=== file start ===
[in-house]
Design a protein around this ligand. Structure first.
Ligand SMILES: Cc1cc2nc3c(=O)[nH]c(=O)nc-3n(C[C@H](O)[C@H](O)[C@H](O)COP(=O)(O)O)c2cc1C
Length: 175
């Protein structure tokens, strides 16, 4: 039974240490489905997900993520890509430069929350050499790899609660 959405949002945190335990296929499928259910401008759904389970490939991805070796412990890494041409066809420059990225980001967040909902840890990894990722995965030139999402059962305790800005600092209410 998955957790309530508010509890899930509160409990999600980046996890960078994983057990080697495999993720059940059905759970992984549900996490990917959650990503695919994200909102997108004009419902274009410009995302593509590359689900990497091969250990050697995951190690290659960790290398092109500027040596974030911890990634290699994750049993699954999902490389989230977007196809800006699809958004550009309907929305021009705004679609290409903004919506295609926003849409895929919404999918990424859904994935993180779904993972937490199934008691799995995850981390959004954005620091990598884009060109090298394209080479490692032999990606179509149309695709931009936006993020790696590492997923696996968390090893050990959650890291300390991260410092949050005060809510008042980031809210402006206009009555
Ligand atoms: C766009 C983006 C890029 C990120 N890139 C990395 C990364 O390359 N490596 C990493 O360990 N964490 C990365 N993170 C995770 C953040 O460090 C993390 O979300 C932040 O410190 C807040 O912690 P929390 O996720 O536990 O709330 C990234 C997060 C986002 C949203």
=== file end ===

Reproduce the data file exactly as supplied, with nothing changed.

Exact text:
[in-house]
Design a protein around this ligand. Structure first.
Ligand SMILES: Cc1cc2nc3c(=O)[nH]c(=O)nc-3n(C[C@H](O)[C@H](O)[C@H](O)COP(=O)(O)O)c2cc1C
Length: 175
């Protein structure tokens, strides 16, 4: 039974240490489905997900993520890509430069929350050499790899609660 959405949002945190335990296929499928259910401008759904389970490939991805070796412990890494041409066809420059990225980001967040909902840890990894990722995965030139999402059962305790800005600092209410 998955957790309530508010509890899930509160409990999600980046996890960078994983057990080697495999993720059940059905759970992984549900996490990917959650990503695919994200909102997108004009419902274009410009995302593509590359689900990497091969250990050697995951190690290659960790290398092109500027040596974030911890990634290699994750049993699954999902490389989230977007196809800006699809958004550009309907929305021009705004679609290409903004919506295609926003849409895929919404999918990424859904994935993180779904993972937490199934008691799995995850981390959004954005620091990598884009060109090298394209080479490692032999990606179509149309695709931009936006993020790696590492997923696996968390090893050990959650890291300390991260410092949050005060809510008042980031809210402006206009009555
Ligand atoms: C766009 C983006 C890029 C990120 N890139 C990395 C990364 O390359 N490596 C990493 O360990 N964490 C990365 N993170 C995770 C953040 O460090 C993390 O979300 C932040 O410190 C807040 O912690 P929390 O996720 O536990 O709330 C990234 C997060 C986002 C949203």